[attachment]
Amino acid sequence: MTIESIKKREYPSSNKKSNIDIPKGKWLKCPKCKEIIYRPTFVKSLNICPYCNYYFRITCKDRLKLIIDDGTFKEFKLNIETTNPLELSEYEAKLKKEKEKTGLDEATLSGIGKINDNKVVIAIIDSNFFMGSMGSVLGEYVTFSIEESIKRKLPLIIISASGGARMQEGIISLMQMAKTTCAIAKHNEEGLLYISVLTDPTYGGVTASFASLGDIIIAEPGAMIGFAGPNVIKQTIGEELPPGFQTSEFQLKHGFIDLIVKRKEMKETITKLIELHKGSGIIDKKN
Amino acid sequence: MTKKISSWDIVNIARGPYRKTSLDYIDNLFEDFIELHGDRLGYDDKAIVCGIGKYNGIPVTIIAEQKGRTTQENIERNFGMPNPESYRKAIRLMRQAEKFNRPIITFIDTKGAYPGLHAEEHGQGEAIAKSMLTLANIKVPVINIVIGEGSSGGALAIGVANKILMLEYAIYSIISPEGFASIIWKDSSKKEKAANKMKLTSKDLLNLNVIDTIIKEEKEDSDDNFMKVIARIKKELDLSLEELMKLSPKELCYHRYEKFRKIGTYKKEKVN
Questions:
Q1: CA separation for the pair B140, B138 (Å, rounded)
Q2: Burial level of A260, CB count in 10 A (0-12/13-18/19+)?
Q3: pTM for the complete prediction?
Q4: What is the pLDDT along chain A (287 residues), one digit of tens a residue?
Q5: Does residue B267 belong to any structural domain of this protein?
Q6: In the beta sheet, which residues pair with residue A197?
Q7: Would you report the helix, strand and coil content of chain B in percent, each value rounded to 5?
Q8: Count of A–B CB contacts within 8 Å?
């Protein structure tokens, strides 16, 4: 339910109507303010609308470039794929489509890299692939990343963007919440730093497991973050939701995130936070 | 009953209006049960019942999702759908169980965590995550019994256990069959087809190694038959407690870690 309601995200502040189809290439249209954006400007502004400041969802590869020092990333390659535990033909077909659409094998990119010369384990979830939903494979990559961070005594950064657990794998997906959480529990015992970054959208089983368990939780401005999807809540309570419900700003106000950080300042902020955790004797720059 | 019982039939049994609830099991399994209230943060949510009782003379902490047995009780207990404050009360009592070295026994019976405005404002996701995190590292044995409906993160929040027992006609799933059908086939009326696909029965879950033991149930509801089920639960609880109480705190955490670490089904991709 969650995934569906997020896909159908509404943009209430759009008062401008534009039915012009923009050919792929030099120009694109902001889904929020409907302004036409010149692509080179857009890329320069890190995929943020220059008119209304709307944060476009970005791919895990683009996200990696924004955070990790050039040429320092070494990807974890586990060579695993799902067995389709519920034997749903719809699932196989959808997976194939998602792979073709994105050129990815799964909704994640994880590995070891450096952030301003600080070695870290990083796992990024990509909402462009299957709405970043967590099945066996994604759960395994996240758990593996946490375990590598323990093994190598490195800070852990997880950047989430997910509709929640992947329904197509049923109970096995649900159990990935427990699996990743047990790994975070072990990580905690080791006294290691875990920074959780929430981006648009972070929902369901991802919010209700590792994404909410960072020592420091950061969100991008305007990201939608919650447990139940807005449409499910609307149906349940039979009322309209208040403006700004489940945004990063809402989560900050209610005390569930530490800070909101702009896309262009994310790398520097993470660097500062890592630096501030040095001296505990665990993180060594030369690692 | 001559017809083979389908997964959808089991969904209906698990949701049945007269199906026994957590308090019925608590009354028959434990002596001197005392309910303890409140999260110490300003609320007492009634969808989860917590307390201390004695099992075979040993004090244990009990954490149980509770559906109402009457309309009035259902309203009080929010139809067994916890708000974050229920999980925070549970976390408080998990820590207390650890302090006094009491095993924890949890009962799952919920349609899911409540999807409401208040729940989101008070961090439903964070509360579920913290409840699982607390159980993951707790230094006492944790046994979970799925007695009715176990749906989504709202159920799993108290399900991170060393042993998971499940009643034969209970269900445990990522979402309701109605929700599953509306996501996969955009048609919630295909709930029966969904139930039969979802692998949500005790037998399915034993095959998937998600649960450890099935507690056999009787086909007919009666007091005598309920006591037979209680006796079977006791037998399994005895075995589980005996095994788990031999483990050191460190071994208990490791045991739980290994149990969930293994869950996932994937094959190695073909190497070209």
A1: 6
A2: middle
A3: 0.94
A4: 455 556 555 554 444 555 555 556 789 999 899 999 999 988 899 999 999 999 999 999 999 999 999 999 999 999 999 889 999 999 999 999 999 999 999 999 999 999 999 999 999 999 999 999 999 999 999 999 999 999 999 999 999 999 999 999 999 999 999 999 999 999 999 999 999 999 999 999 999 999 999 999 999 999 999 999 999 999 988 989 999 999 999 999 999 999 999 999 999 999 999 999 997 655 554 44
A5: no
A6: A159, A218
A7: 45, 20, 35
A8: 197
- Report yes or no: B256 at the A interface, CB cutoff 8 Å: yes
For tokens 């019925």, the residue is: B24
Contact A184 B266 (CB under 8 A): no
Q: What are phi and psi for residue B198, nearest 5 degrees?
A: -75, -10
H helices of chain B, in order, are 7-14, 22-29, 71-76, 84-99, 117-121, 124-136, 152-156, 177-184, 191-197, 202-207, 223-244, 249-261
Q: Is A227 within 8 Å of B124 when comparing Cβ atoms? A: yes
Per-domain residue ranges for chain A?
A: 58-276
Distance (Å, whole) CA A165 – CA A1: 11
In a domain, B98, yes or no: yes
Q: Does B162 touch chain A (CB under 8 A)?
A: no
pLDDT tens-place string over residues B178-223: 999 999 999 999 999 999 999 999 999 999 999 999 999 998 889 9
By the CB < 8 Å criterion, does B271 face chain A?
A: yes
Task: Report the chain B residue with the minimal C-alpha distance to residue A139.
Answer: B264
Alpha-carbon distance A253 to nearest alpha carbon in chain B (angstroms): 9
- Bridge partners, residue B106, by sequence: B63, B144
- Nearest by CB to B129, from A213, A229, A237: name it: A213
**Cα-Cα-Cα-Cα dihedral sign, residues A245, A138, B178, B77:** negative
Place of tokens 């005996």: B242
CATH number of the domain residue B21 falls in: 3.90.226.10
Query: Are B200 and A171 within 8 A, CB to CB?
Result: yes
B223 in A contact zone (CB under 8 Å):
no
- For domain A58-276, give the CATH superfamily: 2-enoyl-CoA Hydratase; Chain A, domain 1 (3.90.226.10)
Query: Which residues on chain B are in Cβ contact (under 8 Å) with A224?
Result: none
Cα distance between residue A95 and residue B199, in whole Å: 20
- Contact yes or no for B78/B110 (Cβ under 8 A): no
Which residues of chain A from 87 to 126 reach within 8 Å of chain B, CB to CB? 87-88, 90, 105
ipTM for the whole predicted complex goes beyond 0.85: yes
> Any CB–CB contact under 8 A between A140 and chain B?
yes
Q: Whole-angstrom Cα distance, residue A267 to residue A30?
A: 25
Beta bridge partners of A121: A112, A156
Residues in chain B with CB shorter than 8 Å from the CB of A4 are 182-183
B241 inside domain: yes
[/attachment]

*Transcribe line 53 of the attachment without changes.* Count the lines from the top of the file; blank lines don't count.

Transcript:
- Contact yes or no for B78/B110 (Cβ under 8 A): no